Distance decay

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Distance decay, also known as the Gravity Model or the Inverse Square Law, is the tendency of a spatial relationship between one place and another to weaken as the distance between them increases.[1][2] According to Waldo R. Tobler's First law of geography, "Everything is related to everything else, but near things are more related than distant things."[3] An example of this type of relationship is the likelihood that residents will use a facility such as a park: the further they live from the park, the less likely they are to go there. Friction of Distance, the costs associated with moving over space, is the primary underlying cause of distance decay, because there will be higher costs associated with interacting between more distant locations, which will therefore be avoided. With the advent of faster and cheaper transportation and communications, these costs have reduced, and the distance decay effect has diminished in many fields in which it was formerly crucial.

Mathematical model

Distance decay can be expressed mathematically as an exponential function or a power function,[4] in which the strength of the given relationship (T) is dependent on the distance (D) between two places (i,j):[5] can be seen below where D is the independent variable and T is the dependent variable, with F as the distance unit of measurement.

    Tij = Dij-P

Here, the exponent P can model different patterns of decay. The Inverse Square Law, which describes the effect for physical properties such as gravity and light intensity, uses a power of 2. This is also most common for many geographic applications, which are often called "gravity models" because of the mathematical similarity (not because gravity is a causal force in these applications).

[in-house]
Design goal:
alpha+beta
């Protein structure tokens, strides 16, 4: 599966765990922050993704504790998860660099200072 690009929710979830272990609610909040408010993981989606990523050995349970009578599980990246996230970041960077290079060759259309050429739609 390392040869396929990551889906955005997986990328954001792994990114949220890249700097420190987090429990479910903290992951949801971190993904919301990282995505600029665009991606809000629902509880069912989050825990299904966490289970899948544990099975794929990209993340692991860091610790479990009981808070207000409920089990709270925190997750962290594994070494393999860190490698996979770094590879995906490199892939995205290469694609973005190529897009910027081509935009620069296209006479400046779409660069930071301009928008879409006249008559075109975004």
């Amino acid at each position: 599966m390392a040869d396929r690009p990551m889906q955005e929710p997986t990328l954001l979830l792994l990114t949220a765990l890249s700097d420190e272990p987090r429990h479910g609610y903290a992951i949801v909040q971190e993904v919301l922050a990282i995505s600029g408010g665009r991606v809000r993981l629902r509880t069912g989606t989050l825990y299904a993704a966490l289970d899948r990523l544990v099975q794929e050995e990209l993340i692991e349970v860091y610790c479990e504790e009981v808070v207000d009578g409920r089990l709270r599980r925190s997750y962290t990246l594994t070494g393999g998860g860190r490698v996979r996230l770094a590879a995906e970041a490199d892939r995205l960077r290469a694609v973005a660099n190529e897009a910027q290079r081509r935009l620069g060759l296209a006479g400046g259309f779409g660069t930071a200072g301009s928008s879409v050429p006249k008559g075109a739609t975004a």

Applications of Distance Decay

Distance decay models were first introduced to geographic applications during the Quantitative revolution of the 1960s, and have since become common in a number of uses:

  • Interpolation of fields, using methods such as inverse distance weighting (IDW).[6]
  • Location analysis: modeling the potential use of a facility (e.g., a park, a store, a water source) by individuals distributed over space.[7]
  • Spatial interaction: modeling the degree of interaction between entities, such as international trade.

GIS&T Body of Knowledge

This page is part of topic AM3-5 in the 2006 GIS&T Body of Knowledge.


  1. esri Online Accessed Sept 4, 2012
  2. esri Online Accessed Sept 17, 2014
  3. esri GIS Dictionary Accessed Sept 9, 2013
  4. Smith, Michael J, et al. Geospatial Analysis: A Comprehensive Guide to Principles Techniques and Software Tools. 2011. [1]
  5. Cartwright, Timothy. (1993) Modeling the world in a spreadsheet: Environmental simulation on a microcomputer. The Johns Hopkins University Press. Baltimore, Maryland.
  6. http://www.spatialanalysisonline.com/HTML/?distance_decay_models.htm
  7. http://resources.arcgis.com/en/help/main/10.1/index.html#//000z0000003s000000

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